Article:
My Bronica ETRSi

This is my Bronica ETRSi. There are many like. But this one is mine.

I bought this camera 10 years ago when I decided I was going to be a Landscape photographer. It is a medium format film camera that shoots 645 sized negatives (6cm wide by 4.5cm tall) on 120 roll film. You only get 15 shots to a roll, so it really makes you think hard about what you are shooting, but the results are worth it if you want to print big.

The camera is fully modular. In fact, the ‘camera’ bit is just a box with a big mirror in. The shutter is housed inside the lens that mounts on the front and the film is carried in the film back that mounts, well, on the back. You look down into the camera through the waist level finder fitted to the top onto a giant focussing screen to compose your image. The lack of a prism between you and the lens means the image is shown on the screen the right way up but horizontally reversed, so it takes a bit of practice to frame your image squarely.

This is a camera with everything you need and nothing you don’t. I say need like that so as not to confuse it with want. The camera gives you three things to set, aperture, shutter speed and focus distance. It is a camera that leaves the thinking to the photographer, a point that is usually first noticed through a lack of a light meter.

I shoot with this camera using a Sekonic handheld light meter to measure exposure. This has one stand-out benefit for me and that is the ability to take incident light readings. A typical modern camera meters the light coming in through the lens, light that has reflected off the subject first. The camera therefore has to make a judgement on how reflective the subject is in order to calculate an exposure. Incident light meters measure the light falling on the subject as an absolute value, so if you set your camera to expose for that light then the tonality and reflectivity of the subject have no undue influence.

With incident light metering I take an initial reading, set the camera and put the meter in my pocket. I only take further readings if the light changes significantly (if shooting in the shade for example) so in a way not having a light meter built in simplifies my shooting.  I don’t have to worry about compensating for light and dark subjects as they will record exactly as I see them (light or dark) without the camera trying to average everything out, and the dynamic range of film means I don’t need to worry too much about what the highlights and shadows are doing.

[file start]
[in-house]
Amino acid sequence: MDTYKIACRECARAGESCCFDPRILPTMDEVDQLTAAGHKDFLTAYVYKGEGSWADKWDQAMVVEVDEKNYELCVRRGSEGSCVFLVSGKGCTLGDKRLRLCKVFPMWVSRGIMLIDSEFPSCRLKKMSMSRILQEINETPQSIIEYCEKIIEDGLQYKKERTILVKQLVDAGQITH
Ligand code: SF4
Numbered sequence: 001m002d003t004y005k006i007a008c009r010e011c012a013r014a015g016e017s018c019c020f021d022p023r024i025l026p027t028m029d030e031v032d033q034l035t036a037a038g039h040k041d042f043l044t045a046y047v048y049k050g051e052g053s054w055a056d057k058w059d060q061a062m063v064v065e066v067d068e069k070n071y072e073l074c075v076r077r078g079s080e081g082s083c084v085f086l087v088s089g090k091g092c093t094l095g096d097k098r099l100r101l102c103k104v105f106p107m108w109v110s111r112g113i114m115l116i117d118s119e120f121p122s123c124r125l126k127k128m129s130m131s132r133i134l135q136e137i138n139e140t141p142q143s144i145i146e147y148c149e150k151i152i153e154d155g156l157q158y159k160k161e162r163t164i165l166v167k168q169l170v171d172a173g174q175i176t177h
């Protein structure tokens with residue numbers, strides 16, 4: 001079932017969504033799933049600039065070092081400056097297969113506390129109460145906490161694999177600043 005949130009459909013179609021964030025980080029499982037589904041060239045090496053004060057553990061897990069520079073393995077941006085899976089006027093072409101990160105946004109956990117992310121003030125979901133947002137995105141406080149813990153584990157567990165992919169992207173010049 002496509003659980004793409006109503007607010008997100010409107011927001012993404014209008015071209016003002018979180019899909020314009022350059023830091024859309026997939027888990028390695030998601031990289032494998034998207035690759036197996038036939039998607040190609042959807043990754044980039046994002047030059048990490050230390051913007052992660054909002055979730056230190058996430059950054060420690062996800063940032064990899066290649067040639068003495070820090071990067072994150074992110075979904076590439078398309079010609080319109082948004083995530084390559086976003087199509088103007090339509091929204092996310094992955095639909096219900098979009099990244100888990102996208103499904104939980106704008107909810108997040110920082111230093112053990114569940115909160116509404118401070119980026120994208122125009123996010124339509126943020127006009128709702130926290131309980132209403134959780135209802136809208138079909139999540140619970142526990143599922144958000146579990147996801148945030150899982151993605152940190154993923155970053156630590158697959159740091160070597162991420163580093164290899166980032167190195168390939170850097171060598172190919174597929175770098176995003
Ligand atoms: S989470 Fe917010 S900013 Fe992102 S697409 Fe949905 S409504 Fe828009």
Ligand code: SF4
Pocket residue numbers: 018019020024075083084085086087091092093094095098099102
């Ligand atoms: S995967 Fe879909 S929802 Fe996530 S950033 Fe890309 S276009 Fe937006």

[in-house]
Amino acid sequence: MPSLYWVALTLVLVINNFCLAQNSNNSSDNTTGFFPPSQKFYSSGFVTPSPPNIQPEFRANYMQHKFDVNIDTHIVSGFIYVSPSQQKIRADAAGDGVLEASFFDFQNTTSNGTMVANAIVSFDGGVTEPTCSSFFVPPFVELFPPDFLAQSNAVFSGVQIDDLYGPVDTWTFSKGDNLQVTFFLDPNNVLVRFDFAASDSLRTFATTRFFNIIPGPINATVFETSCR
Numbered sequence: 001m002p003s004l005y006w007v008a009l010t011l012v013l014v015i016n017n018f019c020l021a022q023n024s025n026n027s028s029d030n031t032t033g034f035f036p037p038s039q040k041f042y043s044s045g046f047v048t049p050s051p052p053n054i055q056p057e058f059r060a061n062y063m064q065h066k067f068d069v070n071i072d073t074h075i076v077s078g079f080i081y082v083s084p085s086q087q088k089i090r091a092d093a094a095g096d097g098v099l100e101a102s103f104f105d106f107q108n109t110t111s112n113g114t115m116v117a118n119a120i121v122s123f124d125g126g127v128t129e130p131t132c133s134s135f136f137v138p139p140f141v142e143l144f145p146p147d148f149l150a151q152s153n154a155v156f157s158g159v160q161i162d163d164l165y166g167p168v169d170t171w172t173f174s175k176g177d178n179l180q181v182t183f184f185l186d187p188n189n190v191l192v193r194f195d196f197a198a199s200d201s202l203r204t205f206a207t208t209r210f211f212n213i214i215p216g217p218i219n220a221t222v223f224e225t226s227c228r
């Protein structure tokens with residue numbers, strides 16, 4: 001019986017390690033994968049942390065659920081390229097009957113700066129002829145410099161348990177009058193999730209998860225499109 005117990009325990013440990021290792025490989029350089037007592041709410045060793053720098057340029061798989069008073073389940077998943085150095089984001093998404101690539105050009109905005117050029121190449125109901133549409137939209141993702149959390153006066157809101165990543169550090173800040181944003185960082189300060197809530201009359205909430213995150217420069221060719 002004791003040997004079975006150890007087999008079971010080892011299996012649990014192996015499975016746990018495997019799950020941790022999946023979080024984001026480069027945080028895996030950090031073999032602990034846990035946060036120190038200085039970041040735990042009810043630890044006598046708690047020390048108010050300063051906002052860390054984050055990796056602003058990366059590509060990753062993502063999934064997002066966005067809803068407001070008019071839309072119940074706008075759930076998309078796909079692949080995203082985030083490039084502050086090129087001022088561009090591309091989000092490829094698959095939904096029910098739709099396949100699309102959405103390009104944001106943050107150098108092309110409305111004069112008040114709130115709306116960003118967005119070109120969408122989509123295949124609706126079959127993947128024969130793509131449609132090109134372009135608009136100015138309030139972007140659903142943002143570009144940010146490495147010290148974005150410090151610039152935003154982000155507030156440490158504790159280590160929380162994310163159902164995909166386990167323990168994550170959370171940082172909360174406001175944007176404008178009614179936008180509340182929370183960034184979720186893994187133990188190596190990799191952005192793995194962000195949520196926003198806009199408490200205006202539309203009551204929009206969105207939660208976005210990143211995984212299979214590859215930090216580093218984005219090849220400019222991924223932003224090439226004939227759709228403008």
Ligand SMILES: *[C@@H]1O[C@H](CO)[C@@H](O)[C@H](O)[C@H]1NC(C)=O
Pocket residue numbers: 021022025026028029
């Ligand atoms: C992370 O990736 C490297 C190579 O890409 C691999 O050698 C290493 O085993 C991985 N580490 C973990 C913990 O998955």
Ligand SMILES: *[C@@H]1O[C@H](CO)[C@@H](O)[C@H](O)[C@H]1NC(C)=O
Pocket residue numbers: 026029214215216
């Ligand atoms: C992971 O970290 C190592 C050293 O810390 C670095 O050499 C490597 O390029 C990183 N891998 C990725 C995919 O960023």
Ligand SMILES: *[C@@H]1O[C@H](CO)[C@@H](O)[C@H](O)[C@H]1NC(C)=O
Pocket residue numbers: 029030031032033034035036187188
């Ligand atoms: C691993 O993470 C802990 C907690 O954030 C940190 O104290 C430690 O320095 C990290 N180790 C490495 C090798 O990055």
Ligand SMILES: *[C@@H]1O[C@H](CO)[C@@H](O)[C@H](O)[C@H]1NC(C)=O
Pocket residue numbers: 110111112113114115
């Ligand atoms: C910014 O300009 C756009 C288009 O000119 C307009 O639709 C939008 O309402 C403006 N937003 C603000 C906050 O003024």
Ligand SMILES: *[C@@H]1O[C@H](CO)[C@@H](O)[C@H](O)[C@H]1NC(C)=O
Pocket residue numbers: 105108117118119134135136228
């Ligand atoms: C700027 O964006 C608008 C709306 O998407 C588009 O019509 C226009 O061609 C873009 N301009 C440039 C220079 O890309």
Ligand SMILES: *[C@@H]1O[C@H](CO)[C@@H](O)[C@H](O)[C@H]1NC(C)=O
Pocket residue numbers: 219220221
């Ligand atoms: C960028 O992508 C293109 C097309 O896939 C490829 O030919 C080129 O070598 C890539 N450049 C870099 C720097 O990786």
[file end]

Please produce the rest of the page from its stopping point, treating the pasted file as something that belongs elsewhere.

So why go to all the effort of lugging a huge camera about and metering by hand? Well, one word. Quality. 645 format negatives are huge compared to 35mm film, so I can scan the film at a relatively low dpi and get a massive image file with tonnes of detail and plenty of tonal detail.

The physically larger negative means less magnification is required to produce an image of a given size compared to 35mm film, so the effective grain sized is reduced and suddenly you can shoot ISO 400 film (Tri-X!) without the grain becoming too obvious or destroying any of the fine detail.

I generally scan my medium format negatives to 20 megapixel images for processing in Lightroom, giving lots of detail without the file sizes getting silly. With a decent scanner you can capture more dynamic range than a typical digital camera, so there is plenty of highlight and shadow detail to play with.


The crop factor goes the other way with medium format and so a ‘standard’ 75mm lens matches 50mm on 35mm format but you get access to a shallower depth of field for an equivalent aperture size which can be useful. The aspect ratio of 645 is squarer than 35mm format though, so you get a different perspective which I find very pleasing. I only have the one lens but  I have never wanted for anything wider, even through I favour the ultra-wideangle on my DSLR.

With the SLR medium format cameras like my Bronica you compose your image on a ground glass screen rather than through an eyepiece. The are subtleties to this that change the way I see the image from a compositional point of view. With a viewfinder you are looking at the scene itself, it fills your view and your eye explores the detail of the image without a real sense of overall scale to it. With a ground glass screen you are looking at a small projection of the scene, hiding the detail from you and letting you see the composition more clearly. I find my medium format shots are the most compositionally accomplished of my work.

I find it hard to explain, but I think it comes down fundamentally to how your brain reacts differently to seeing something yourself, and seeing an image of that same thing. With a viewfinder to your eye filling your view with the image you can’t step back and see the pure composition like you can within this camera.


So that’s my Bronica ETRSi a big, clunky, mechanical affair that I adore greatly. Using this kind of camera could arguably help make you a better photographer, it will certainly slow you down and make you think more about what you are shooting. It’s no more difficult to shoot and process the film than it is for a 35mm film SLR and the results have much more potential.

It’s a very easy camera to like.


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